2012-09-22

How to change the volume label to lowercase on an USB stick, memory card or any VFAT filesystem on Ubuntu Lucid

This blog post explains how to change the volume label to lower case on an USB stick, memory card or any other VFAT filesystem. The instructions given were verified for Ubuntu Lucid, but they may work on other Linux systems as well.

On the web some people claim it's not possible, but indeed it is. On the web there are instructions how to change the volume label with GParted or mlabel (part of Mtools) and palimpsest (Disk Utility), but none of them work, because these tools always convert lowercase to uppercase before setting the label. Nautilus, the default file manager for Ubuntu doesn't support changing the volume label at all.

mkdosfs (mkfs.vfat) lets the user specify the volume label using the -n flag, and lowercase letters are kept lowercase, but this tool recreates the filesystem, so all data will be lost.

The non-destructive solution below is a combination of the mlabel and dosfslabel command-line tools.

  1. Connect the device to the computer if not already connected.
  2. Open a terminal window.
  3. Run sudo blkid | grep ' TYPE="vfat"' and </proc/mounts grep ' vfat ' to figure out the name of the device (e.g. /dev/sdb1). Look around in /media etc. to confirm you have picked the right device. If unsure, unplug it, run the commands again, see it disappear, plug it back, and run the commands again.
  4. Unmount the device by running umount /dev/sdb1 (substituting /dev/sdb1 with the name of the device found above). If it was mounted, and the unmount failed, then close some windows, kill some programs (e.g. sudo fuser -m /dev/sdb1), and try unmounting again.
  5. Run sudo env MTOOLS_SKIP_CHECK=1 mlabel -i /dev/sdb1 ::x (substituting /dev/sdb1 with the name of the device found above). If the system can't find mlabel, then install it by running sudo apt-get install mtools , and try again.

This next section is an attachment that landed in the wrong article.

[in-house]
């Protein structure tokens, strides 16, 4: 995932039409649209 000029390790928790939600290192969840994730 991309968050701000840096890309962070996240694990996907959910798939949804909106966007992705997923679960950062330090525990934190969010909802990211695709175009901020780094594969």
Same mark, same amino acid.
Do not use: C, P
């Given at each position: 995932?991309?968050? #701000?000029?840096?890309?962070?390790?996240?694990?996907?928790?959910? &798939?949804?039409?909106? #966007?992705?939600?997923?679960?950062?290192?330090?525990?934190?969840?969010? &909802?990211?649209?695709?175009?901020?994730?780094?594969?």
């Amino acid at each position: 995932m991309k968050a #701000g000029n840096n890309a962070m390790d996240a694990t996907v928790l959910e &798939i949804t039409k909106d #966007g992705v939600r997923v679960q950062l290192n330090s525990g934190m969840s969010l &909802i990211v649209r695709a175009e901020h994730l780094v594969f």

6. Run sudo dosfslabel /dev/sdb1 MyLabel (substituting MyLabel with the desired label and /dev/sdb1 with the name of the device found above). Ignore any warnings about boot sector differences. If the system can't find dosfslabel, then install it by running sudo apt-get install dosfstools , and try again.
  7. Run sudo blkid | grep ' TYPE="vfat"' , and examine its output to verify that the label has been changed properly.
  8. Optionally, unplug the device, and then plug it back in. The system will recognize it, and mount it under /media/MyLabel, without converting lowercase letters in the volume label to uppercase.

Please note that there is an 11 character limit on the length of a VFAT volume label. If you specify a longer label, it will be truncated. There is another restriction: the label can contain only (some) ASCII characters: accented letters etc. won't work.

2012-09-04

How to unlock an Android phone using adb if you know the password

This blog post explains how to unlock an Android phone using adb if you know the password. This can be useful if the touch screen of your phone is broken.

Prerequisites:

  • You have a computer running Windows, Mac OS X or Linux.
  • You have a USB cable with which you can connect the phone to the computer.
  • USB debugging has been enabled on the phone. You can enable it in the Settings / Development menu (but you need a working touch screen for that).
  1. Install the adb command-line tool. It's part of the Platform SDK Tools SDK package. First download the Android SDK, then run the tools/android GUI tool, select Platform SDK Tools and install. The adb binary will be downloaded to platform-tools/adb .
  2. On Linux, follow these steps to make sure that your user has the permission to access the phone.
  3. Don't connect your phone yet to the computer via USB.
  4. Run adb devices and verify that it doesn't see the phone.
  5. If not enabled yet, enable USB debugging on the phone, in the Settings / Development menu.
  6. Connect the phone to your computer using an USB cable.
  7. Run adb devices and verify that it sees your phone.
  8. You will have to run the following two commands very quickly, i.e. faster than the screen blanking time on the phone.
  9. Run adb shell input text PASSWORD, replacing PASSWORD with your Android unlock password.
  10. Run adb shell input keyevent 66 to simulate pressing the Enter key. (See this page for event codes of other keys.)